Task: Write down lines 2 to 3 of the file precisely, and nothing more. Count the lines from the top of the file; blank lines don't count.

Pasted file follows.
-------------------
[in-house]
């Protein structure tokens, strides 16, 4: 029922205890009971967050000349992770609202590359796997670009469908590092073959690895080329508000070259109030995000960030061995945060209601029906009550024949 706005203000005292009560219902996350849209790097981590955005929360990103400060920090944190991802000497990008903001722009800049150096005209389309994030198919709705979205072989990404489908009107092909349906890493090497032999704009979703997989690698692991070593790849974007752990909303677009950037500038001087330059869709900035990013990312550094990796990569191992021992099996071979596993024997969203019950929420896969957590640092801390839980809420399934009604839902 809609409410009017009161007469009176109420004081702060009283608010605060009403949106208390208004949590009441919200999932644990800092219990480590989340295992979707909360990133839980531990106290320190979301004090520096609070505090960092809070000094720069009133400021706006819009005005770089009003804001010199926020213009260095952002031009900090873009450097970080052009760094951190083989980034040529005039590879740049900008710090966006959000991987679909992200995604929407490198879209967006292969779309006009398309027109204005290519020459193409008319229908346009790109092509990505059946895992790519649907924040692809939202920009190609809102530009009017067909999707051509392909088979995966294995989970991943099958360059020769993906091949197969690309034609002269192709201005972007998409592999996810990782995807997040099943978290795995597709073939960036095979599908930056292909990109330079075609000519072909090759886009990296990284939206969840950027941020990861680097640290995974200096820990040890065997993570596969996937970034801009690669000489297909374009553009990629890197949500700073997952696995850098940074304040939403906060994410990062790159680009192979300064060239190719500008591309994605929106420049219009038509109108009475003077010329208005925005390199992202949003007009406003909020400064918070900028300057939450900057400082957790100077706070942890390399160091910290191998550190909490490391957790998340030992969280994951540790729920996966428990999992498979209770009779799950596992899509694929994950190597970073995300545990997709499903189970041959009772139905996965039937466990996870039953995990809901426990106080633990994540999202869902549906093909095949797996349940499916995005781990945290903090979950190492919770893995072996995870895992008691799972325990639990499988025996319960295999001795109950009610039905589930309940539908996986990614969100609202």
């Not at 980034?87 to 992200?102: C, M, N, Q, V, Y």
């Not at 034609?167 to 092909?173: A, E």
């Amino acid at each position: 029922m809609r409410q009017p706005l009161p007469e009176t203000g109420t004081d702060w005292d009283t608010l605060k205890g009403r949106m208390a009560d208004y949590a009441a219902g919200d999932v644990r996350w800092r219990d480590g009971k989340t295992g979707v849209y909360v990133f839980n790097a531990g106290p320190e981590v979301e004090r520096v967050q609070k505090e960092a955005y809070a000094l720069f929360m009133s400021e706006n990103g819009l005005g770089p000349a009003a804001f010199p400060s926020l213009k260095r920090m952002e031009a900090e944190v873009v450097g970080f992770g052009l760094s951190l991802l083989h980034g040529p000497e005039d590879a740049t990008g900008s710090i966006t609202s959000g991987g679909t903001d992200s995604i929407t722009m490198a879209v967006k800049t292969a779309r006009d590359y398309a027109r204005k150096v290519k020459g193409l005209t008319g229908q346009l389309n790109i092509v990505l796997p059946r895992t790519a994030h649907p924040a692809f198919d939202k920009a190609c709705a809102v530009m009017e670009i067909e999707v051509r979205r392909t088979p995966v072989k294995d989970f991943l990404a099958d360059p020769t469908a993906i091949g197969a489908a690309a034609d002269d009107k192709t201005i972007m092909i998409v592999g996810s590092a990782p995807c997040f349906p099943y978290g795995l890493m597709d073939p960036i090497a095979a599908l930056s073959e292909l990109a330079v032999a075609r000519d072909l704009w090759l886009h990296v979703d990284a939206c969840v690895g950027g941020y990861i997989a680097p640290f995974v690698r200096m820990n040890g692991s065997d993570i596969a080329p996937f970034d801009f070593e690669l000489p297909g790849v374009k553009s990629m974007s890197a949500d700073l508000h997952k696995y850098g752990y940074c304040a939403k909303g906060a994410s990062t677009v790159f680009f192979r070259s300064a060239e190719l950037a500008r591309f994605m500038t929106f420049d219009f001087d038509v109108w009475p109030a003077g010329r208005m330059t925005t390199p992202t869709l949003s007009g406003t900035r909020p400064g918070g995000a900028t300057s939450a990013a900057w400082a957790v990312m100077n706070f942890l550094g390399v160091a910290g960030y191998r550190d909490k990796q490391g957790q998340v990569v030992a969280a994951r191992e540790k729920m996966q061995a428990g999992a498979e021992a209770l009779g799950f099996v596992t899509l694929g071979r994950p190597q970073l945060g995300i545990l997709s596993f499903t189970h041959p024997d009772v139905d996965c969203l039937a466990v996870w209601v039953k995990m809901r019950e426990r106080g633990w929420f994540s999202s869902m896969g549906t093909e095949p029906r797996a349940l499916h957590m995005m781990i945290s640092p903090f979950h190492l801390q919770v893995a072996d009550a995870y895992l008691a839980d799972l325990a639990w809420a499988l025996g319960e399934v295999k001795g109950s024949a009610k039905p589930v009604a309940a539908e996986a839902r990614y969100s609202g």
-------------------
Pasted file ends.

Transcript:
């Protein structure tokens, strides 16, 4: 029922205890009971967050000349992770609202590359796997670009469908590092073959690895080329508000070259109030995000960030061995945060209601029906009550024949 706005203000005292009560219902996350849209790097981590955005929360990103400060920090944190991802000497990008903001722009800049150096005209389309994030198919709705979205072989990404489908009107092909349906890493090497032999704009979703997989690698692991070593790849974007752990909303677009950037500038001087330059869709900035990013990312550094990796990569191992021992099996071979596993024997969203019950929420896969957590640092801390839980809420399934009604839902 809609409410009017009161007469009176109420004081702060009283608010605060009403949106208390208004949590009441919200999932644990800092219990480590989340295992979707909360990133839980531990106290320190979301004090520096609070505090960092809070000094720069009133400021706006819009005005770089009003804001010199926020213009260095952002031009900090873009450097970080052009760094951190083989980034040529005039590879740049900008710090966006959000991987679909992200995604929407490198879209967006292969779309006009398309027109204005290519020459193409008319229908346009790109092509990505059946895992790519649907924040692809939202920009190609809102530009009017067909999707051509392909088979995966294995989970991943099958360059020769993906091949197969690309034609002269192709201005972007998409592999996810990782995807997040099943978290795995597709073939960036095979599908930056292909990109330079075609000519072909090759886009990296990284939206969840950027941020990861680097640290995974200096820990040890065997993570596969996937970034801009690669000489297909374009553009990629890197949500700073997952696995850098940074304040939403906060994410990062790159680009192979300064060239190719500008591309994605929106420049219009038509109108009475003077010329208005925005390199992202949003007009406003909020400064918070900028300057939450900057400082957790100077706070942890390399160091910290191998550190909490490391957790998340030992969280994951540790729920996966428990999992498979209770009779799950596992899509694929994950190597970073995300545990997709499903189970041959009772139905996965039937466990996870039953995990809901426990106080633990994540999202869902549906093909095949797996349940499916995005781990945290903090979950190492919770893995072996995870895992008691799972325990639990499988025996319960295999001795109950009610039905589930309940539908996986990614969100609202």
């Not at 980034?87 to 992200?102: C, M, N, Q, V, Y």